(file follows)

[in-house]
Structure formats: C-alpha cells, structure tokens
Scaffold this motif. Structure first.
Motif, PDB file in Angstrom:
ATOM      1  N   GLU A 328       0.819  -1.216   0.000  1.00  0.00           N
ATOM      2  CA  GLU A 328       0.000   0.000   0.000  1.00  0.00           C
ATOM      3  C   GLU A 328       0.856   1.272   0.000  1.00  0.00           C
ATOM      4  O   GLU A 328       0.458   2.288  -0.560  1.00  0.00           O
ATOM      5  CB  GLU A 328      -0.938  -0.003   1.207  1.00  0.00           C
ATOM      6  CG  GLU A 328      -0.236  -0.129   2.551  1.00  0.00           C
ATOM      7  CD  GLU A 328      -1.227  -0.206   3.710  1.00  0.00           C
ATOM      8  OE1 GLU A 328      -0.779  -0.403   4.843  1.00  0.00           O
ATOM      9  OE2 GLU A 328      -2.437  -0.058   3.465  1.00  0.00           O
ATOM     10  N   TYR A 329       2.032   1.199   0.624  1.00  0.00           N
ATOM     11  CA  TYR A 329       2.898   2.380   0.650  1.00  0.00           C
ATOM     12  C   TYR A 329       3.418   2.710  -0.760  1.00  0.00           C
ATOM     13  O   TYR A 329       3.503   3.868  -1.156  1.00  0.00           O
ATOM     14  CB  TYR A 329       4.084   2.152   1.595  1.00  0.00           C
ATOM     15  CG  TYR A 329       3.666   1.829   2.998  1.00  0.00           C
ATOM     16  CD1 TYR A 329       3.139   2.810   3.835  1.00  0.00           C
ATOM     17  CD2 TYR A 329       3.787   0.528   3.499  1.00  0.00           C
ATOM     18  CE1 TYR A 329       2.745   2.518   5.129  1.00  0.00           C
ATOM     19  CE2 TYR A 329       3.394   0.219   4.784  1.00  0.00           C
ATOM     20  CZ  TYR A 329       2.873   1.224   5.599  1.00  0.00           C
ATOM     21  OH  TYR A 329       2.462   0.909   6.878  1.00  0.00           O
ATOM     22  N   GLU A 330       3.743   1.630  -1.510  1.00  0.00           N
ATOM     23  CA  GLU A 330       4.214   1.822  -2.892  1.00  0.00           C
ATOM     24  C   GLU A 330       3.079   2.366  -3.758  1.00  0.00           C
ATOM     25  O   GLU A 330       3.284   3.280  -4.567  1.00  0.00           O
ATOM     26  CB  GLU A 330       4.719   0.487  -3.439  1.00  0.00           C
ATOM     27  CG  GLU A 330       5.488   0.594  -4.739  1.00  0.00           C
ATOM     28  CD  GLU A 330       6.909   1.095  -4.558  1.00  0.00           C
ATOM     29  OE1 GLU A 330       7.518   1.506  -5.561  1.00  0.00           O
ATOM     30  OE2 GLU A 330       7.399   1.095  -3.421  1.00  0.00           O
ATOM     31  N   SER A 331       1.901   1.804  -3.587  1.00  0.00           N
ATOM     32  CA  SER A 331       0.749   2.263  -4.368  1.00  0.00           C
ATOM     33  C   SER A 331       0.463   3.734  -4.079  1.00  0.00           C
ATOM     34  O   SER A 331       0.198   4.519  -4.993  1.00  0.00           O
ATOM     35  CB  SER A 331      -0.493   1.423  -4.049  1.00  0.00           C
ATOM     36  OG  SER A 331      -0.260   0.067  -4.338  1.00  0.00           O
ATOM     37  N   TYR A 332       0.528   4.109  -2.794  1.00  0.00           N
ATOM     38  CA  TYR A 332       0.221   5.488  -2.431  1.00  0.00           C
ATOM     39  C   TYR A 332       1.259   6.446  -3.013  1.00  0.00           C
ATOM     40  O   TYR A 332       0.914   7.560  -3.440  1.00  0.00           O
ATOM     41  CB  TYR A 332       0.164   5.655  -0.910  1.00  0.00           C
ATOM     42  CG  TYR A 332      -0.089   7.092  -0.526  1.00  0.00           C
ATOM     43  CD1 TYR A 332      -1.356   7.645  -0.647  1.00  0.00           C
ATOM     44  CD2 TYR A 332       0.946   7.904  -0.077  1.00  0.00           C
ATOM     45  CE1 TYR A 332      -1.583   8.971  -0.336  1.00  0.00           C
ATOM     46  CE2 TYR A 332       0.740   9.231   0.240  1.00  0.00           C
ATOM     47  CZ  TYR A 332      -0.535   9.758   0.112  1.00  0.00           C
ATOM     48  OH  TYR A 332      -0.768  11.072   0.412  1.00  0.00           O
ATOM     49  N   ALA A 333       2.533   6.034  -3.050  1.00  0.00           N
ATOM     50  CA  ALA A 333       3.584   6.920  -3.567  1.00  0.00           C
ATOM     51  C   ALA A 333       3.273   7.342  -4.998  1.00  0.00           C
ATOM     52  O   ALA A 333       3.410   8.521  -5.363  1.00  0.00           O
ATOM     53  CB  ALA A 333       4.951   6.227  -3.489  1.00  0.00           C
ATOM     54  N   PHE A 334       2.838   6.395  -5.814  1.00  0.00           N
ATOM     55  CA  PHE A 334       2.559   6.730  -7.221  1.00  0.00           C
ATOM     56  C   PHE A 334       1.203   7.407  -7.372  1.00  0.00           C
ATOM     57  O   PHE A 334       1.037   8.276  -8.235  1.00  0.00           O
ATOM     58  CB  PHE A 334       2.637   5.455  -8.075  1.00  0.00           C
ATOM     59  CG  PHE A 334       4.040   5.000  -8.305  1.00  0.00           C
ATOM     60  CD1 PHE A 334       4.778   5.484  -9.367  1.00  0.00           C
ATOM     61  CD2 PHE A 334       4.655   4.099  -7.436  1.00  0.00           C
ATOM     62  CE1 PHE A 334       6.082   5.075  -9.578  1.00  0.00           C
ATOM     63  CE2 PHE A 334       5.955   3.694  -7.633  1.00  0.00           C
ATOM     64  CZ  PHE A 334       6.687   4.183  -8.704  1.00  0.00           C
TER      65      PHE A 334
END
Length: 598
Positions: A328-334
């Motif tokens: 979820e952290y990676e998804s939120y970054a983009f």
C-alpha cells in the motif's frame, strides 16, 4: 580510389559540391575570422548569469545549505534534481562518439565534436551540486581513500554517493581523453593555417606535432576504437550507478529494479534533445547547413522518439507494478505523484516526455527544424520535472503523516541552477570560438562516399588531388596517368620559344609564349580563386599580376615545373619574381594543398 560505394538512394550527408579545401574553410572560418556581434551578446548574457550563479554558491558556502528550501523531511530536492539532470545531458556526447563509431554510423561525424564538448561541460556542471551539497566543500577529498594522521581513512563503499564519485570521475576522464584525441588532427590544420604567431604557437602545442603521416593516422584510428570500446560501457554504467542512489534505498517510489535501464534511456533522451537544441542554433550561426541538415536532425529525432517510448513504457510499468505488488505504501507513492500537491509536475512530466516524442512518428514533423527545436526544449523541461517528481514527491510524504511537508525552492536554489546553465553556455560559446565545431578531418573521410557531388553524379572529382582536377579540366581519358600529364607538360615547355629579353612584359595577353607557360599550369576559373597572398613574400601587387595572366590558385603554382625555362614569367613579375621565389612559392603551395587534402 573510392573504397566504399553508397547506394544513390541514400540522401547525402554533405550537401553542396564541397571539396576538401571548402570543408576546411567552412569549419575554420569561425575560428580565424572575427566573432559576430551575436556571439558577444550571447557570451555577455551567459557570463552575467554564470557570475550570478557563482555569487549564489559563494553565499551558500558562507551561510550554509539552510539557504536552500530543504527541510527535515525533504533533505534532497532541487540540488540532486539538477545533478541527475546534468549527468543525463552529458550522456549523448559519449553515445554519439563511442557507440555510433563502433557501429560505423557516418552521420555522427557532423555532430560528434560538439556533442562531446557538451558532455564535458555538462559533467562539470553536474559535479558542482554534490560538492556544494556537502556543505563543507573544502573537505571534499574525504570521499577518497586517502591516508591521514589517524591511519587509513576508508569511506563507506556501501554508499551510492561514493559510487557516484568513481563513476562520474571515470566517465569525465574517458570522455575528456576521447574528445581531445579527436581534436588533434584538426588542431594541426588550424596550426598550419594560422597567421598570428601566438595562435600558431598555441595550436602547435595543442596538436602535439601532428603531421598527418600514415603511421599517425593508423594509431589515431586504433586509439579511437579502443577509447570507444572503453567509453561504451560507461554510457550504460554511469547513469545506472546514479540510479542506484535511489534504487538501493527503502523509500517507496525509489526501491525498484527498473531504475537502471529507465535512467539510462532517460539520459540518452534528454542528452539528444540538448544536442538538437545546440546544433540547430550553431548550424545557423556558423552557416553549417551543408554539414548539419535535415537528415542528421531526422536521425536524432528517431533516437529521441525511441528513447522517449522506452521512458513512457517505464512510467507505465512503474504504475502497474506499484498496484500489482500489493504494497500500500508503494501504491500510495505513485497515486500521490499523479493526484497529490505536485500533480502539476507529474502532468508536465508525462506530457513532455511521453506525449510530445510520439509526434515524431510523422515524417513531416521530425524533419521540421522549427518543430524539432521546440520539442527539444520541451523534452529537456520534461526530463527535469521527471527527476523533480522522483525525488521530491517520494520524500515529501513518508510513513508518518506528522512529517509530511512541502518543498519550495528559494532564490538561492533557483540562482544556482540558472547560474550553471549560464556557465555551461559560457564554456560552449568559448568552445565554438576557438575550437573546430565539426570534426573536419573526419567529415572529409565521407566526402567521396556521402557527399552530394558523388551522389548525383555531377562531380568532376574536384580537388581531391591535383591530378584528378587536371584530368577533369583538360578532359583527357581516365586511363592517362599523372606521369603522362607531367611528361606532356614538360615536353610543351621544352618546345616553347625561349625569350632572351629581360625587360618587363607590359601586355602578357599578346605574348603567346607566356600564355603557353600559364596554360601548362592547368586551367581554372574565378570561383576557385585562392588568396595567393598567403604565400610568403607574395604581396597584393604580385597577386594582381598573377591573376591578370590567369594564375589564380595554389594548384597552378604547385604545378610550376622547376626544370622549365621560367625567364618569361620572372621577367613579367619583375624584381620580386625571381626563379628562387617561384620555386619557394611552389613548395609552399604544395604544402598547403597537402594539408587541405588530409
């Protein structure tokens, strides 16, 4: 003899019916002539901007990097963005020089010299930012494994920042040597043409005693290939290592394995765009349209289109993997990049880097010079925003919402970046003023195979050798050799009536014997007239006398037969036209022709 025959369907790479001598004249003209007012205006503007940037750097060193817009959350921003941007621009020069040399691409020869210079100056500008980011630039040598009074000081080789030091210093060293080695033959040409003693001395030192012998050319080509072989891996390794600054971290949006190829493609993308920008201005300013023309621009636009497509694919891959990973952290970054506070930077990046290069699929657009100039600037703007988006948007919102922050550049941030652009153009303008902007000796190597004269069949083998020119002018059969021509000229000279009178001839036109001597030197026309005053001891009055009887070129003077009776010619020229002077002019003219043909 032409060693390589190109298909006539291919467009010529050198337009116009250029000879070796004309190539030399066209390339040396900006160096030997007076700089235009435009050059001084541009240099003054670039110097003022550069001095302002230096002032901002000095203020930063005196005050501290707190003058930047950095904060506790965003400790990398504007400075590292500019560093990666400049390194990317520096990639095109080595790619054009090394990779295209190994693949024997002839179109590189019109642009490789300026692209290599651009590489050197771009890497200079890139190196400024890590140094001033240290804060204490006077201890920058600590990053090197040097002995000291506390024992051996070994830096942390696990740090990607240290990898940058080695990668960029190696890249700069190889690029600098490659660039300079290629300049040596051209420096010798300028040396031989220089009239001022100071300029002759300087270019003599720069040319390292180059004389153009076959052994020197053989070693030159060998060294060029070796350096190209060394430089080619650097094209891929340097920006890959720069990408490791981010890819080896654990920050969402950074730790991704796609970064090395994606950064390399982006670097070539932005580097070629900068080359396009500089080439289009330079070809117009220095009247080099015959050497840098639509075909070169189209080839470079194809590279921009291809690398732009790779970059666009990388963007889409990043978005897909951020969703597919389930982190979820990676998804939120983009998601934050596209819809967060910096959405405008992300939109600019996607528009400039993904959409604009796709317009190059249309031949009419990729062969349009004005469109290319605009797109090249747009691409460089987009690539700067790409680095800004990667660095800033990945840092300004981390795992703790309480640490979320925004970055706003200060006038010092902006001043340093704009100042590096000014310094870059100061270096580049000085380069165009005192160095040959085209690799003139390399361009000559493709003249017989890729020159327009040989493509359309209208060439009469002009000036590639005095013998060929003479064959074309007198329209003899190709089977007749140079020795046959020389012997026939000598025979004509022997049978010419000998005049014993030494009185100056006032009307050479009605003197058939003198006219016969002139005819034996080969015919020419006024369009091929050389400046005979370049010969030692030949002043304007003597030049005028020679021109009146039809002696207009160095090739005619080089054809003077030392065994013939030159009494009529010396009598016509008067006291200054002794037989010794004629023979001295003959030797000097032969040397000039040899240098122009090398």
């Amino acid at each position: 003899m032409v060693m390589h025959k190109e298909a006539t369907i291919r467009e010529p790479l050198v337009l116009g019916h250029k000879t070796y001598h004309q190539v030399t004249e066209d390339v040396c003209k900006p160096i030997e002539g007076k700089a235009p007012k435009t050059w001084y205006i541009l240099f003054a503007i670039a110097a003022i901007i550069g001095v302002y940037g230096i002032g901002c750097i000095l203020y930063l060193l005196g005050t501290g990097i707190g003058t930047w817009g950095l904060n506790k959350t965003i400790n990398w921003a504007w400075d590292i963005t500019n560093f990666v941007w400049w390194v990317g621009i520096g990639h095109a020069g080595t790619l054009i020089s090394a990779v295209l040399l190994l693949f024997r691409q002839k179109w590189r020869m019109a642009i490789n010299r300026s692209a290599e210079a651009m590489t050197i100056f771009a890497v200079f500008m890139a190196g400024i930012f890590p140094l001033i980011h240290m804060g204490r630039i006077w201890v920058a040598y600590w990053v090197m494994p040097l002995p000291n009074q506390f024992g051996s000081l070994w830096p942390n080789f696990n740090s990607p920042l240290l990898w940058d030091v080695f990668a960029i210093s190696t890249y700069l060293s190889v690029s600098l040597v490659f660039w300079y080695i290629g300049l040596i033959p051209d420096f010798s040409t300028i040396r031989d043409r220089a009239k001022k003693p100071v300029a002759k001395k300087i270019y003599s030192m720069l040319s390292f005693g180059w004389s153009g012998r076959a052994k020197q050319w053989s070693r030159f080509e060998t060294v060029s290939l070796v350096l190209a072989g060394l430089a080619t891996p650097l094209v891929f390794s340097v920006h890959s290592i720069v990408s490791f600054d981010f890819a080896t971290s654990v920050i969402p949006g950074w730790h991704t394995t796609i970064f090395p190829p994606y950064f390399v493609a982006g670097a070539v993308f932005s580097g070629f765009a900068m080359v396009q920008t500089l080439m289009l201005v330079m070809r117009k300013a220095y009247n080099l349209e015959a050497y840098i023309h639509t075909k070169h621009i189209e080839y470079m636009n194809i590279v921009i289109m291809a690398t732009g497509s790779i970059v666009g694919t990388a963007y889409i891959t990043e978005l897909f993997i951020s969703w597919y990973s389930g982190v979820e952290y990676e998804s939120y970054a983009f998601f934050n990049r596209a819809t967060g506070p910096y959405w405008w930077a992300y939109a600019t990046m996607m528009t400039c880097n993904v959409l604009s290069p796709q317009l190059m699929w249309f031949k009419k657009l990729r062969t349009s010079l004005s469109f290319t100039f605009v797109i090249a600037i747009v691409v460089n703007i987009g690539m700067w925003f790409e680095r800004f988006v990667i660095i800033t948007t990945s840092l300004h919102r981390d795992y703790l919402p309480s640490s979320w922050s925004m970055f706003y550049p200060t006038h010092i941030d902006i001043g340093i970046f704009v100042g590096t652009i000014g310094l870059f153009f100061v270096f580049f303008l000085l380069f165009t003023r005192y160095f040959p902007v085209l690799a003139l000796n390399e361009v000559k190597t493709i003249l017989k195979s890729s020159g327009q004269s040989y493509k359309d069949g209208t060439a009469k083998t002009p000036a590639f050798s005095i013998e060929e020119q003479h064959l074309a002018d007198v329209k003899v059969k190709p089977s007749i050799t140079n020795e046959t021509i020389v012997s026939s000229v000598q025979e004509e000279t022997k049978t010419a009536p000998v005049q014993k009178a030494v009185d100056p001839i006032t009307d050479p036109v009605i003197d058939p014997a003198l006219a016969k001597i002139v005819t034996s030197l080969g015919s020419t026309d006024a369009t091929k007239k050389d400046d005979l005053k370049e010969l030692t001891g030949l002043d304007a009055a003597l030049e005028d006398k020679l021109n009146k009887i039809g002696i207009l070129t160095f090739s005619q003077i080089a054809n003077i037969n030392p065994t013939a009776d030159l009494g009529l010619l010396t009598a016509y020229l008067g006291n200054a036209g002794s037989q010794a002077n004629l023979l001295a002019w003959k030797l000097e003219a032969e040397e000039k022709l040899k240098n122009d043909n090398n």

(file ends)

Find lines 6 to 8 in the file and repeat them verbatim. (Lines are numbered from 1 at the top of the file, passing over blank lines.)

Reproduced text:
ATOM      2  CA  GLU A 328       0.000   0.000   0.000  1.00  0.00           C
ATOM      3  C   GLU A 328       0.856   1.272   0.000  1.00  0.00           C
ATOM      4  O   GLU A 328       0.458   2.288  -0.560  1.00  0.00           O